Can rubber agroforestry work at scale? A new report from Grantham Scholar Maria Wang Mei Hua suggests that it can.
If rubber production changes from monocultures to more diverse systems then rubber production can be more sustainable. Further, rubber agroforestry, which involves growing rubber trees along with other plants, crops and livestock, can benefit smallholders.
For this study, Maria and her co-authors assessed hundreds of peer-reviewed scientific reports and papers on rubber agroforestry. From these studies – which cover low-input rubber agroforestry and intercropping systems – the authors show a range of benefits from rubber agroforestry. For instance, both local livelihoods and the environment do better with this system. Further, the authors show the need for support from governments, industry and researchers to scale-up rubber agroforestry.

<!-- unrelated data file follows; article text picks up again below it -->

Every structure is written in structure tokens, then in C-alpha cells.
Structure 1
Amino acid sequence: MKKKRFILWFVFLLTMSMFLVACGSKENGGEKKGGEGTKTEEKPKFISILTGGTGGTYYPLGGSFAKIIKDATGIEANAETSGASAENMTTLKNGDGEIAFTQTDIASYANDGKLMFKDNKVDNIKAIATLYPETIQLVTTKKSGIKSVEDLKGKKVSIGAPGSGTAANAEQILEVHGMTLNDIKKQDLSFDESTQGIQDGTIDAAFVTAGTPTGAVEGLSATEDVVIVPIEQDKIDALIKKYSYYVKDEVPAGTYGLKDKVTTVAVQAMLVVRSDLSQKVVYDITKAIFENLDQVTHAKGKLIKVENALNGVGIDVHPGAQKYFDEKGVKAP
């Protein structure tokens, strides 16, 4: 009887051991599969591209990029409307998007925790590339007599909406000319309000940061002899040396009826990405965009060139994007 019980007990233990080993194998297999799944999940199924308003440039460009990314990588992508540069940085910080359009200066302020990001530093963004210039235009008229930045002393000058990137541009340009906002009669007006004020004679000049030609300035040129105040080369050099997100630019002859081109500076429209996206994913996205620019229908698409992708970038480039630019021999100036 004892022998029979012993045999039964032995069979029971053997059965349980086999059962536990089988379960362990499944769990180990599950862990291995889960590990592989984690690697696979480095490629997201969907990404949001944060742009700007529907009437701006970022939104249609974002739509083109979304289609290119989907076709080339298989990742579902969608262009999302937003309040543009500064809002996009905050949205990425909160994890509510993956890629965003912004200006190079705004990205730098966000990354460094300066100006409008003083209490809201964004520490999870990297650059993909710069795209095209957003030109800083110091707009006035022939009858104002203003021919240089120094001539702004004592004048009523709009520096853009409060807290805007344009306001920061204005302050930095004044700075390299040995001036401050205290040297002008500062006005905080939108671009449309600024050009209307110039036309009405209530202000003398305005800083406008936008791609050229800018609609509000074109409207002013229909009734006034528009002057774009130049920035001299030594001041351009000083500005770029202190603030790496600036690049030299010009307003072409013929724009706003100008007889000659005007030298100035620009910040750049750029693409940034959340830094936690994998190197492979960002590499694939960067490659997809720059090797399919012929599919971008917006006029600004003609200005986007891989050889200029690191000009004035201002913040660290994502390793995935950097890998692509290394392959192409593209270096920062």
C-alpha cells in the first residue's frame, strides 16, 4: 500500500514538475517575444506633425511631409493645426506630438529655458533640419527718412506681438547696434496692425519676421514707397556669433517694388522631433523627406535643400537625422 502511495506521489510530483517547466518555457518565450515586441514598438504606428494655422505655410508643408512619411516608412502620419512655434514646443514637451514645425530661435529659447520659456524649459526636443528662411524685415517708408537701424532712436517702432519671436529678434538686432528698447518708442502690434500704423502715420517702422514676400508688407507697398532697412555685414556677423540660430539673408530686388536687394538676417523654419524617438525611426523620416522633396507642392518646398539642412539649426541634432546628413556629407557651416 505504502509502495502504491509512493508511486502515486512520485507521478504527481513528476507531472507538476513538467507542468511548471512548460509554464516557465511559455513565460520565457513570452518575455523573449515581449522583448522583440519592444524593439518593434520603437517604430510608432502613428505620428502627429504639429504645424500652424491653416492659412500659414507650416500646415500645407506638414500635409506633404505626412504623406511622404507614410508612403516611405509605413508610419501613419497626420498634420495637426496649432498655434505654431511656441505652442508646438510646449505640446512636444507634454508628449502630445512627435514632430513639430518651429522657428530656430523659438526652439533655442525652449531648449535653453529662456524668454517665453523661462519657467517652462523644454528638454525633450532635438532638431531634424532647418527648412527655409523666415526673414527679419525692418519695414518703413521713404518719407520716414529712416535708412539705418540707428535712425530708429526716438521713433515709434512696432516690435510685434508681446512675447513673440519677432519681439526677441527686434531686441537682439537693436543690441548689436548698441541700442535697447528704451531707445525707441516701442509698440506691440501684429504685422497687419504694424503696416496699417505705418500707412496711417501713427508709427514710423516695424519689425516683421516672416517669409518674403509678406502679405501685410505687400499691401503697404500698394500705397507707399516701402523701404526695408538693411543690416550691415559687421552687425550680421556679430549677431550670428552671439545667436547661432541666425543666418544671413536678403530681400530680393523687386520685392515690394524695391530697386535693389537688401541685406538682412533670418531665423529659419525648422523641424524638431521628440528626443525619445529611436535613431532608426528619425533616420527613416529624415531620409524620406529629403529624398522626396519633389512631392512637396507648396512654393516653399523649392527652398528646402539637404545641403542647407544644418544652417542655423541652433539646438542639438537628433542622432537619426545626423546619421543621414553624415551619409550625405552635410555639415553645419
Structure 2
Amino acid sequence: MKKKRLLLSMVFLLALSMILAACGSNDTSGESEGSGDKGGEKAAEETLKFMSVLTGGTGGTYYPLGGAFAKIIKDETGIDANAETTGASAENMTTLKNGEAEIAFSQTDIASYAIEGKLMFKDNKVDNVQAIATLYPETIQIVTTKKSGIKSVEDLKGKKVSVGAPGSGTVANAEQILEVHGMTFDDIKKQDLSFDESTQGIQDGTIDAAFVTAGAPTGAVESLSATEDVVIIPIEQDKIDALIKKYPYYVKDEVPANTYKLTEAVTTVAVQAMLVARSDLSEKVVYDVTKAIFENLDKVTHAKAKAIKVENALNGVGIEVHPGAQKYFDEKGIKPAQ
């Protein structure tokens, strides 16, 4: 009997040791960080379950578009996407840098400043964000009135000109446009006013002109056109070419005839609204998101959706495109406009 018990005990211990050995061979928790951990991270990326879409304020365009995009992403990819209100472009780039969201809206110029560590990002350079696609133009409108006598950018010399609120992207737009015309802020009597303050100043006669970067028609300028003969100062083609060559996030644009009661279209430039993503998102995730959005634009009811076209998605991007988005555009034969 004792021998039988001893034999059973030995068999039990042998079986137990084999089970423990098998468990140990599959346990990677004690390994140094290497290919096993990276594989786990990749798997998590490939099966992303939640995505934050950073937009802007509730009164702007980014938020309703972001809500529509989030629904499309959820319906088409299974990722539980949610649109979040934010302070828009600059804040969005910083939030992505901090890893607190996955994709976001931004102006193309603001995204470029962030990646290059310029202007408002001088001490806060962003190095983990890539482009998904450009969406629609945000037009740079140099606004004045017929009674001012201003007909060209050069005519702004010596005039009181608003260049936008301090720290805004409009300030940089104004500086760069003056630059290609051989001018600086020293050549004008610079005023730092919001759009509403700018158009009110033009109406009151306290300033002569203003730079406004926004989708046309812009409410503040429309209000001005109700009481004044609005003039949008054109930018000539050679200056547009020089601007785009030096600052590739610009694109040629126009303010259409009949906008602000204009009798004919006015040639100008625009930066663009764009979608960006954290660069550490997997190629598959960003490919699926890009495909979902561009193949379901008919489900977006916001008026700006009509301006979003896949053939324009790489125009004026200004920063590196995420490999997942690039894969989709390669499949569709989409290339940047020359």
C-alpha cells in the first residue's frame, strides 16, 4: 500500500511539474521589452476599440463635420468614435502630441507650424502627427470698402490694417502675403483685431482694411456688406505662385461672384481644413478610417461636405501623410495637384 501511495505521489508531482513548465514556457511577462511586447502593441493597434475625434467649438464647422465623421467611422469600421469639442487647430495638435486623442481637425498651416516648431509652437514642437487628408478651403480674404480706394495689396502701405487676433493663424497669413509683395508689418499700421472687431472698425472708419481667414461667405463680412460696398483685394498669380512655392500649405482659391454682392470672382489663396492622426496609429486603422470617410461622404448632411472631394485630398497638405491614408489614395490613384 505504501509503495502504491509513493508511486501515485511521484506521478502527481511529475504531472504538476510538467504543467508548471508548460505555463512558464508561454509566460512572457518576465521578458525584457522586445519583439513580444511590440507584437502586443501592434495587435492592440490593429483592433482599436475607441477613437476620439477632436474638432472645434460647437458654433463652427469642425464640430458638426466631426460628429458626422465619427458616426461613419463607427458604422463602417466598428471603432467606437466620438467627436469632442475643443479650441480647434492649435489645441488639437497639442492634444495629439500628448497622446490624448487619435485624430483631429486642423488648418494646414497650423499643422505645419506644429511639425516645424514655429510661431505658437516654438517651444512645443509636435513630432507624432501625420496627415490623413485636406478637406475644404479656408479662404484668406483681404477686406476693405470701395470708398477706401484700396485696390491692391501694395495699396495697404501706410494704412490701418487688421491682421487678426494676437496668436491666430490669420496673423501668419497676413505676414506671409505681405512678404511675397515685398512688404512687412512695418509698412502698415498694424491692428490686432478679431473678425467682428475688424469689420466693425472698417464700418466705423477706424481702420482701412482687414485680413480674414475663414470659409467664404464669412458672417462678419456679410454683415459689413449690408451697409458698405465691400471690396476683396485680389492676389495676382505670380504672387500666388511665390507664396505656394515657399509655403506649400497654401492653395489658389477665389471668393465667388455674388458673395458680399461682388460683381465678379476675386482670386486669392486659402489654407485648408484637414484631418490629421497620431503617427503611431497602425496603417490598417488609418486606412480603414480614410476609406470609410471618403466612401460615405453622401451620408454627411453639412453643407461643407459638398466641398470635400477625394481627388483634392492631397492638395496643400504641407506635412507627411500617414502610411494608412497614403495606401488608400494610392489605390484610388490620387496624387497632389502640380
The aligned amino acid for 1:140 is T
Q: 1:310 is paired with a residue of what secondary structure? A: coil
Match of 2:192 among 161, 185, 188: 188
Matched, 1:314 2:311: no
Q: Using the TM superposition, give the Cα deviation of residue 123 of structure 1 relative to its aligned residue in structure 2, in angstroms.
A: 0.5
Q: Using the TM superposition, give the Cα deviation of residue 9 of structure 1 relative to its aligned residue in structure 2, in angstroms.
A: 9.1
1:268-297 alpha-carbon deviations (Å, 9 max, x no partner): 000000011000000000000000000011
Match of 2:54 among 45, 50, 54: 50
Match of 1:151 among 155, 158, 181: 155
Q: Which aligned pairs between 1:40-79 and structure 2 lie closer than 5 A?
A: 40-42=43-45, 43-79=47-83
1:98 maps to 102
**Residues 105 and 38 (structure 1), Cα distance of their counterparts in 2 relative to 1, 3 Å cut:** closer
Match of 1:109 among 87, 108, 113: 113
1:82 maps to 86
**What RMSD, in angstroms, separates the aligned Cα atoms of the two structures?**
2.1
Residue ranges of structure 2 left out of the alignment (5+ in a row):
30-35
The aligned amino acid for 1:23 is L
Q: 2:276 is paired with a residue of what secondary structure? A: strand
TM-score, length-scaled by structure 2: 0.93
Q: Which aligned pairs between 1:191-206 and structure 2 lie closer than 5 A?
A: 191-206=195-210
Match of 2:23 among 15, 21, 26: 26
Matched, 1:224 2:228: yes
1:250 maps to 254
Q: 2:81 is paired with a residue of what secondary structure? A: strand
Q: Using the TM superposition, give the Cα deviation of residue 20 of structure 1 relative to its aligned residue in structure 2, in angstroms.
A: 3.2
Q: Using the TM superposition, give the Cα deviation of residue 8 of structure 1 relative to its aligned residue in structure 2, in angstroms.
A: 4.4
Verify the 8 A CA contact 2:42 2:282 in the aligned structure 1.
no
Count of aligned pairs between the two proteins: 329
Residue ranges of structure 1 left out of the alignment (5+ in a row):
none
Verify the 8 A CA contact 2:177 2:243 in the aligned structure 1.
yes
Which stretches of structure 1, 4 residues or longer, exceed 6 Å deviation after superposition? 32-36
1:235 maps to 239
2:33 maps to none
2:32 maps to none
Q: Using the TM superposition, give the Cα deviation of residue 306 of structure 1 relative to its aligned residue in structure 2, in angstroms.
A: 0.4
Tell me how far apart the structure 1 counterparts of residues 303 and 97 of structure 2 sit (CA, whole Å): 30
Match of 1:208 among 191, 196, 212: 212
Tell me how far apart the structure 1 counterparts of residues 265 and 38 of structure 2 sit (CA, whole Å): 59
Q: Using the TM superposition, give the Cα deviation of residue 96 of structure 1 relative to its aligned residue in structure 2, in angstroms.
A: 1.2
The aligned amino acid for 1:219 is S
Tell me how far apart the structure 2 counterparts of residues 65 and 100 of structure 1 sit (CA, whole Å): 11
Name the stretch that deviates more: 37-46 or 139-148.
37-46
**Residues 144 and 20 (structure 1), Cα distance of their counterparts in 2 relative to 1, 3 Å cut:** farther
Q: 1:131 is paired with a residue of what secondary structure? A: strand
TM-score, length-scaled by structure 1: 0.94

If you want to read a summary of the report or download it in full, then go to the Mighty Earth website.
Maria’s blog about cempedak is one of the most read pieces on our website. If you want to find out more about this tropical fruit, then you can read the blog here. Cempedak is a much-loved fruit and a major local crop in Malaysia where Maria is from. In her blog, Maria explores where it grows, how its cooked and what it tastes like.